Is itinerant candidate Lindy Li sizing up Brady's district?
Lindy Li is an itinerant Congressional candidate in search of a district. U.S. Rep. Bob Brady calls her "confused" amid talk that she might run in his First District in Philadelphia. Li is playing coy, for now.
The itinerant congressional campaign by Lindy Li continues to confound Clout and now, it seems, also U.S. Rep. Bob Brady, chairman of Philadelphia's Democratic City Committee.
Li, who has been a candidate in search of a district for more than two years, showed up last week at Philly For Change, a progressive group that holds the most visually stimulating political meetings in the city, based on the venue of a graffiti-covered upstairs room at the South Street bar Tattooed Mom.
The organizers described Li, a Democrat, in social-media posts before and after the event, as a candidate for the First District, a seat held by Brady since 1998.
"She said she was running in the First District, but things sounded slightly up in the air," said Sam Durso, one of the organizers.
Li told us she didn't mention the First District, except to ask why she had been described that way in the social-media posts.
"Generally loath to speak in absolutes, but I'm almost completely certain that I myself didn't mention PA1," Li told us in an email.
Li's campaign history includes plans to run in the Seventh District (in the suburbs) in 2016 and a switch to the Sixth District (also in the suburbs) that was then dropped amid a legal challenge to her eligibility to be on the ballot. She's campaigning full time now but refusing to say in what district she'll run.
Brady said Li has repeatedly told him she would not challenge him in next year's primary election.
"I think she's a little confused," Brady said. "She likes being a candidate. She likes to talk to people who make her relevant."
Brady and Li both say she recently offered to set up a meeting for the congressman with her fellow Princeton University alum Jeff Bezos, the founder and CEO of Amazon, who is searching for a city in which to locate a second headquarters for his company.
And both say Brady offered Li a chairmanship for a congressional task force on the EB5 Visa program, which allows investors to immigrate to America if they sink $1 million into an enterprise here.
Complicating Li's search for a district: She and her father this summer bought a $388,000 condo overlooking Rittenhouse Square, in the Second Congressional District, a seat held by Rep. Dwight Evans since November.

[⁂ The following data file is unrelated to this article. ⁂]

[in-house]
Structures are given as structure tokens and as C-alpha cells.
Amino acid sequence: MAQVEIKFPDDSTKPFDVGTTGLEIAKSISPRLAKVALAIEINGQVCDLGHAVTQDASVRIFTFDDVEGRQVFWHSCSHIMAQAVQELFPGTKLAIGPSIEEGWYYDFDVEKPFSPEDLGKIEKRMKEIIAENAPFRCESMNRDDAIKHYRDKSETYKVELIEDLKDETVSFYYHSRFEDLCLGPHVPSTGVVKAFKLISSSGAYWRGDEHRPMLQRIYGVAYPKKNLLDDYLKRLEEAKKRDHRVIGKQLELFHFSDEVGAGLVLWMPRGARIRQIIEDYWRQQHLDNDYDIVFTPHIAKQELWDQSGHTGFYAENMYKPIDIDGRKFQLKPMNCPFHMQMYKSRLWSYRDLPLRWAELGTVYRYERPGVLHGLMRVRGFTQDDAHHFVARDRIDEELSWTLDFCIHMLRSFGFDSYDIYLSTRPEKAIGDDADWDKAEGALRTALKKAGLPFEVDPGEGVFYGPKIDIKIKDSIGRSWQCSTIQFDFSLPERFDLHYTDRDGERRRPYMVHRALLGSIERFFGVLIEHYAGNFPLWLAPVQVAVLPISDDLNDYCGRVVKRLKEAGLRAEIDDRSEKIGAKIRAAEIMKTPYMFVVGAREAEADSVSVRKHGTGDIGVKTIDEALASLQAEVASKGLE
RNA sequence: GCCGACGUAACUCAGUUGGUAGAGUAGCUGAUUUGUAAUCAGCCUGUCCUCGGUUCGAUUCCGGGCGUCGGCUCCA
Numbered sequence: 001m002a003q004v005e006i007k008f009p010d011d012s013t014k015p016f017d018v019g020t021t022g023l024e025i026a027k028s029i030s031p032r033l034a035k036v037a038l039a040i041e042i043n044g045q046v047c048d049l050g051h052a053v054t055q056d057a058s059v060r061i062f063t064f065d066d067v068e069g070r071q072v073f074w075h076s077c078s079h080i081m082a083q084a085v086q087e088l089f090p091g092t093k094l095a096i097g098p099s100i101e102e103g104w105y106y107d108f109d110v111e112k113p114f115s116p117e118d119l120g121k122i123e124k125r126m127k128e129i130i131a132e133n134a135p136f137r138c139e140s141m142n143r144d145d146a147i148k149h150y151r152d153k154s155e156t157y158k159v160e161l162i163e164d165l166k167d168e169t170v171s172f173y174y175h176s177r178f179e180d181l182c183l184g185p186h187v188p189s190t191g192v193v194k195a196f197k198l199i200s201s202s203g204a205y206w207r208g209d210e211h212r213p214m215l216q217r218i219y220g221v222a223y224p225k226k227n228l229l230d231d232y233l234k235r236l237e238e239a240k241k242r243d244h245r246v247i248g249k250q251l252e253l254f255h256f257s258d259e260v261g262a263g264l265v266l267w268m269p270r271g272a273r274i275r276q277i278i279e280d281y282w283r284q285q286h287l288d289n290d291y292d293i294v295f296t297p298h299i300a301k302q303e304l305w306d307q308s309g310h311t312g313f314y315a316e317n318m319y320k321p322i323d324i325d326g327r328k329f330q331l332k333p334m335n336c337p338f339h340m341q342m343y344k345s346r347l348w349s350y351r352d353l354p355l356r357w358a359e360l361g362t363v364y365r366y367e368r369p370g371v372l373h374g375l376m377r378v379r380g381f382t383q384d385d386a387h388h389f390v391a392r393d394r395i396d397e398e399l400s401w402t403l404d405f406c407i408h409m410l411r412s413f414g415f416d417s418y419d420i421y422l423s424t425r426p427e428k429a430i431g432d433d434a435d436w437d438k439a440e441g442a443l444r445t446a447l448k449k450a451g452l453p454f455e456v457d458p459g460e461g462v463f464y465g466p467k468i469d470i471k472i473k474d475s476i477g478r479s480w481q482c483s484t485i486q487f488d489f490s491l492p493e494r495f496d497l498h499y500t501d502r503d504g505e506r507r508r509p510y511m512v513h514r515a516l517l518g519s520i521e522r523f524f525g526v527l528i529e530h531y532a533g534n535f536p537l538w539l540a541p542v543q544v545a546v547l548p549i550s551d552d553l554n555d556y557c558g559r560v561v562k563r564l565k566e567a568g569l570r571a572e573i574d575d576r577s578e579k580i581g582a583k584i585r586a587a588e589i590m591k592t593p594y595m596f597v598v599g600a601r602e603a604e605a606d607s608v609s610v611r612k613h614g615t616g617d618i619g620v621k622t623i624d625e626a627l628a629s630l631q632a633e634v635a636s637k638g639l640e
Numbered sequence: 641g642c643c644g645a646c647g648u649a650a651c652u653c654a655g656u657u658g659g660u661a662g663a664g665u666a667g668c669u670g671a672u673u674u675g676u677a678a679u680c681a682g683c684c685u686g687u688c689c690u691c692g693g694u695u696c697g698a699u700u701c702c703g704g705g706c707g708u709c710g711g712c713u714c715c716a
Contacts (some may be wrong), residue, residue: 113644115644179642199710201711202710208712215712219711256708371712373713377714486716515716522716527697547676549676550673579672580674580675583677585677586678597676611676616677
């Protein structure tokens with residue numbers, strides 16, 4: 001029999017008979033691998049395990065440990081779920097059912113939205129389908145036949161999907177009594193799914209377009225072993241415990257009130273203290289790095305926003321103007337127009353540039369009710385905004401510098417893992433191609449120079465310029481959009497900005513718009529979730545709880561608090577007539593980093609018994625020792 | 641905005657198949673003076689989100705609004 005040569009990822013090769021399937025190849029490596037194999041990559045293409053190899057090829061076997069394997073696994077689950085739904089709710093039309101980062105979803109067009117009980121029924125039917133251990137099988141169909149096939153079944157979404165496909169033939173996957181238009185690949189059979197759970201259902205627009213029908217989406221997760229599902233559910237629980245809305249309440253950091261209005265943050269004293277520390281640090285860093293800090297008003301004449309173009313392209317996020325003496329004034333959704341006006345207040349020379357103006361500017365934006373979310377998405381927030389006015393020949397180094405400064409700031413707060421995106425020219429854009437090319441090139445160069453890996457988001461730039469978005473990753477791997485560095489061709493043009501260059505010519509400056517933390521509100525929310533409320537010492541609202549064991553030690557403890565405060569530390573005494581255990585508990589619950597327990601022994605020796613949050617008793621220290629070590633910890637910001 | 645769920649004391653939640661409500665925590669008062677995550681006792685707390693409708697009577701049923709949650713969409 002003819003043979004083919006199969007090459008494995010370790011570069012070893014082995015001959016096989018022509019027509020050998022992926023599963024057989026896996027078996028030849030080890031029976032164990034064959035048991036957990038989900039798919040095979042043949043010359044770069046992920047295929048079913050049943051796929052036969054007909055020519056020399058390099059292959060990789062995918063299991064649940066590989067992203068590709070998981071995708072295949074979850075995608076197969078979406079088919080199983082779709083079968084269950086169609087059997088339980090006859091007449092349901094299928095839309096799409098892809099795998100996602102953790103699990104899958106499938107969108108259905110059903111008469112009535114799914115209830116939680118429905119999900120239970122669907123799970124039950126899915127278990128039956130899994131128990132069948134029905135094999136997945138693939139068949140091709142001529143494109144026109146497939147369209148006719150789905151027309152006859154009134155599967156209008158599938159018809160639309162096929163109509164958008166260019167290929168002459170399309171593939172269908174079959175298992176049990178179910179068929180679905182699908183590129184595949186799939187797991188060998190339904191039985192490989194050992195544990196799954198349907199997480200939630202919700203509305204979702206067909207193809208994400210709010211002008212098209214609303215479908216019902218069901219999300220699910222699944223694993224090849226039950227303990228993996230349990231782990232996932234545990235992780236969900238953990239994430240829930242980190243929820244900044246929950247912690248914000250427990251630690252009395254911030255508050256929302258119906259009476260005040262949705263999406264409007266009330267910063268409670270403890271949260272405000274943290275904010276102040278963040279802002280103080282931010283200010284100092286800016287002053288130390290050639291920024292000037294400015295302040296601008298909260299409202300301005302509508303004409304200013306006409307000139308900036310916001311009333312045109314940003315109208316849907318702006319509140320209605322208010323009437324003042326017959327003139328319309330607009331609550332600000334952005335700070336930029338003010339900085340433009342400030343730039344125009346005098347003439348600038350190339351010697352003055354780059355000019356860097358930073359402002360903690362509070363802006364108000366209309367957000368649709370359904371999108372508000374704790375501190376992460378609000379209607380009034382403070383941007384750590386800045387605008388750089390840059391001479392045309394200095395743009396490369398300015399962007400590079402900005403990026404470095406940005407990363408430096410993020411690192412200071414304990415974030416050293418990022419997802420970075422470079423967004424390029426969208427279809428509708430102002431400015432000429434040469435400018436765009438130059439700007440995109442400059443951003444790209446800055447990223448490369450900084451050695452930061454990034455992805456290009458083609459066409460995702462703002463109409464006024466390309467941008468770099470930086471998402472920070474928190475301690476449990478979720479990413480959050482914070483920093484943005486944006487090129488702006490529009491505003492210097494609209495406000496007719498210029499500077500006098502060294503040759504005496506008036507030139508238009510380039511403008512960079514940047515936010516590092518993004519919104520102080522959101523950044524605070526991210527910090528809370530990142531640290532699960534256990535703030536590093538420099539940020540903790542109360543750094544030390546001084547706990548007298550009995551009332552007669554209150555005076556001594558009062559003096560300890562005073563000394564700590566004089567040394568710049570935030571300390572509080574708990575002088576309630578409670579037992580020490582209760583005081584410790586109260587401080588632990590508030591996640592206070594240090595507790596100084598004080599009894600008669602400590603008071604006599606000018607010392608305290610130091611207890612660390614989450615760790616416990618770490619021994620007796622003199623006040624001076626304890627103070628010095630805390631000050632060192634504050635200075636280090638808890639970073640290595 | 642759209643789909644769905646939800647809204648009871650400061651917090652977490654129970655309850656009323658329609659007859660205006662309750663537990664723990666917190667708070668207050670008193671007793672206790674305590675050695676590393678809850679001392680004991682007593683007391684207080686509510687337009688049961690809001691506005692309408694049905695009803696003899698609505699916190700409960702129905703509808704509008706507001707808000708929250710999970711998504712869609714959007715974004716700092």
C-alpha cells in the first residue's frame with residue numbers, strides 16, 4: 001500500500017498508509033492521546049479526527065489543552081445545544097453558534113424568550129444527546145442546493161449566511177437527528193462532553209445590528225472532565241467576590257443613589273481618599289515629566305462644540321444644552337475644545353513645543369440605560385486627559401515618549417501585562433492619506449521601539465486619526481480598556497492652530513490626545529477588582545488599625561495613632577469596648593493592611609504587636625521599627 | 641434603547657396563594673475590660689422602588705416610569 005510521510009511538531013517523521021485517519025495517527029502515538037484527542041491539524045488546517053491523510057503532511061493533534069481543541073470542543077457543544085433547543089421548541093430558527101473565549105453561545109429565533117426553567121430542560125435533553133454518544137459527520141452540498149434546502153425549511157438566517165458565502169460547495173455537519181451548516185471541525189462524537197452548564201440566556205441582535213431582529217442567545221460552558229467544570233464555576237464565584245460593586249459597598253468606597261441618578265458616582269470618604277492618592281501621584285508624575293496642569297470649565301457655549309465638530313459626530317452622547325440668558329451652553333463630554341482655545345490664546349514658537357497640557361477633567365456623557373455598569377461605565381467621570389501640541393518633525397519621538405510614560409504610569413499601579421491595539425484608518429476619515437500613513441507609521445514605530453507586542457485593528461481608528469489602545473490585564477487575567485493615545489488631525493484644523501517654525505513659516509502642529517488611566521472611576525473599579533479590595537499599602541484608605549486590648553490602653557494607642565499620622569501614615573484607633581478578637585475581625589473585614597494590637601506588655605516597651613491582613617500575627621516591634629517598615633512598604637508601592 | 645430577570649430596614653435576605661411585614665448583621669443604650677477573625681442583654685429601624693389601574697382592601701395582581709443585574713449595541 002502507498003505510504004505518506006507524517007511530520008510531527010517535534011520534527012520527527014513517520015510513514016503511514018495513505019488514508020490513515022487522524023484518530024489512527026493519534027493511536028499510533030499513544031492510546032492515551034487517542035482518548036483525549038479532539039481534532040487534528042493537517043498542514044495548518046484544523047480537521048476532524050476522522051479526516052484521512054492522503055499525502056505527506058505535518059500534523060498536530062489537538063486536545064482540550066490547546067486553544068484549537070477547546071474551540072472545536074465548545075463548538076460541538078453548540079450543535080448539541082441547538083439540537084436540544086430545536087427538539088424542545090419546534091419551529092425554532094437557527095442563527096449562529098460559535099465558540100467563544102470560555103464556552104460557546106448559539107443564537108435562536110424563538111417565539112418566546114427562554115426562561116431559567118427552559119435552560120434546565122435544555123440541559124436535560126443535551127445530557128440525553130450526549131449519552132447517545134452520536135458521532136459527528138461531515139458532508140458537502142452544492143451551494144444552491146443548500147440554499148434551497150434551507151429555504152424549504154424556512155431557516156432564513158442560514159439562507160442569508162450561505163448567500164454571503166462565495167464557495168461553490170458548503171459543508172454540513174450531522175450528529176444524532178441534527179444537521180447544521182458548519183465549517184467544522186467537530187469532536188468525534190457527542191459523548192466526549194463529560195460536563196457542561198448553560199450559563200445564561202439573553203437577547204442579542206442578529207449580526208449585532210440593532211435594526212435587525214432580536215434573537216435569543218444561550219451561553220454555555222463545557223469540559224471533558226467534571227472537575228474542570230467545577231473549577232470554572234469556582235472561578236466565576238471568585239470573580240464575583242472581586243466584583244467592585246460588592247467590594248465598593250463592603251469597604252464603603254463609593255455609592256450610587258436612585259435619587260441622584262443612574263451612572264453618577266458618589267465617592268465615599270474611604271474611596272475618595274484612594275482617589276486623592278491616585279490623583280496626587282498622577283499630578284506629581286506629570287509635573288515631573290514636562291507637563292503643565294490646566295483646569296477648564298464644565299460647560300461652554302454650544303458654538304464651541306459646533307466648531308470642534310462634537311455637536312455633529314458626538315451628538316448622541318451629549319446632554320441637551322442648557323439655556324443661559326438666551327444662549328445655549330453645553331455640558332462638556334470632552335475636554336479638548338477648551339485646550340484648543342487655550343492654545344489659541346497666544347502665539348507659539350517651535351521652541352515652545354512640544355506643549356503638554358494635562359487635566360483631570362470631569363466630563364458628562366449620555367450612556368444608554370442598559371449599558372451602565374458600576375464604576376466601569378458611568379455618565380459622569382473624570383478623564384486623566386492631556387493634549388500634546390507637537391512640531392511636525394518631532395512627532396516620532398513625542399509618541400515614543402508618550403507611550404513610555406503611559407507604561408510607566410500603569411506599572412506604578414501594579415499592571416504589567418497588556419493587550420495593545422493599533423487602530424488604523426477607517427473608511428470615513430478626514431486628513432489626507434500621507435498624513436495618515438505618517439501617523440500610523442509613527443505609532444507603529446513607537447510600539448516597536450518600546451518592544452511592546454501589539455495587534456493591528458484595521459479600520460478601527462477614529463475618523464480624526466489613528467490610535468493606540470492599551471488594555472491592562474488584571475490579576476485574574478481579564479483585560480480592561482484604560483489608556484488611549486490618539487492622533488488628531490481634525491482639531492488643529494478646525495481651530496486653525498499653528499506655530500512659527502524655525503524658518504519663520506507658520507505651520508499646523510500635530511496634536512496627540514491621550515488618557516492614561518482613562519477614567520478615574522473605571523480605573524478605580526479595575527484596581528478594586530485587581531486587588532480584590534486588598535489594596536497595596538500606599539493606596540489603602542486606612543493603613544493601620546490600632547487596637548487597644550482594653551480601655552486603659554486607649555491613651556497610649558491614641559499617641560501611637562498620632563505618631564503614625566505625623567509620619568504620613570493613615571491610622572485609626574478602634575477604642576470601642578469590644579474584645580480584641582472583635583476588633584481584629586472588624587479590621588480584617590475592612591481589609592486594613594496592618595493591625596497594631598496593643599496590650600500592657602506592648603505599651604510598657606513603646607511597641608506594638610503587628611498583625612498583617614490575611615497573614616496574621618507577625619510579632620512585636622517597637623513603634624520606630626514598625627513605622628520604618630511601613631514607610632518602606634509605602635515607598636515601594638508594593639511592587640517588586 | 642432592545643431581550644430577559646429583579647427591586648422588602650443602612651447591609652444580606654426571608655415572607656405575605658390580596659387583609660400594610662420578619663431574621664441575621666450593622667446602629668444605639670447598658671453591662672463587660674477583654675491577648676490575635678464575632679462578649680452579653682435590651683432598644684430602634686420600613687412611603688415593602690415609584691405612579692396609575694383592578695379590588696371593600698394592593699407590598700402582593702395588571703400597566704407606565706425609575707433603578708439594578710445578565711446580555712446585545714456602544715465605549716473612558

Li, a former wealth manager with Morgan Stanley, told us not to read too much into the location of her new home.
As the 197th turns
Emilio Vazquez, a Democratic ward leader, has been a state representative for five months, representing North Philadelphia's 197th District, after winning a March 21 special election.
The effort to unseat him grinds on in federal court. U.S. District Judge Joel H. Slomsky heard 90 minutes of arguments Thursday from lawyers for defendants — the City Commissioners, the Democratic City Committee, Secretary of State Pedro Cortes, state House Speaker Mike Turzai — who want him to dismiss lawsuits filed by Republican nominee Lucinda Little, Green Party nominee Cheri Honkala, and two other candidates, Orlando Acosta and Edward Lloyd.
Because of a series of comical missteps, only Little did what it took to get her name listed on the ballot. Vazquez, Honkala, Acosta, and Lloyd ran write-in campaigns. Vazquez won with 73.5 percent of the vote in the district, where Democrats make up 85 percent of the registered voters.
The lawsuits, seeking to overturn that result, allege that Election Board members actively campaigned in polling places for Vazquez, urging or intimidating voters to support him. The District Attorney's Office and state Attorney General's Office is still investigating those claims.
Only one thing is certain: This isn't over. Slomsky said the lawyers could file a new round of briefs in the matter, probably six weeks from now, before he rules on whether the case will move forward.
A third win for the City Commissioners
A brief dispatch from the never-ending war between the Philadelphia City Commissioners and the Committee of Seventy/Philadelphia 3.0.
Last spring, the Committee of Seventy (good-government types) and Philadelphia 3.0 (a political action committee) filed a lawsuit in the state Supreme Court arguing that Common Pleas President Judge Sheila Woods-Skipper was required under state election law to replace the City Commissioners when a ballot question is asking for a Home Rule Charter amendment.
The plaintiffs argued that the City Commissioners would be overseeing an election asking voters to weigh in on a change in procurement practices that would affect the City Commissioners. So, a conflict.
The Supreme Court dismissed the case in April without explanation. Seventy and 3.0 refiled it a week later in Common Pleas Court and lost there, too. Then they appealed to the Commonwealth Court. This week, they lost again, when the Commonwealth Court affirmed the previous ruling.
Gotta give them points for persistence, though.
"We're disappointed in the Court's decision," said Committee of Seventy CEO David Thornburgh said in a statement Thursday. "But this particular lawsuit focused on just one of many serious problems with the Office of the City Commissioners. The campaign to reform local elections in Philadelphia must move forward."
Staff writers Chris Brennan and William Bender contributed to this column. Tips: firstname.lastname@example.org.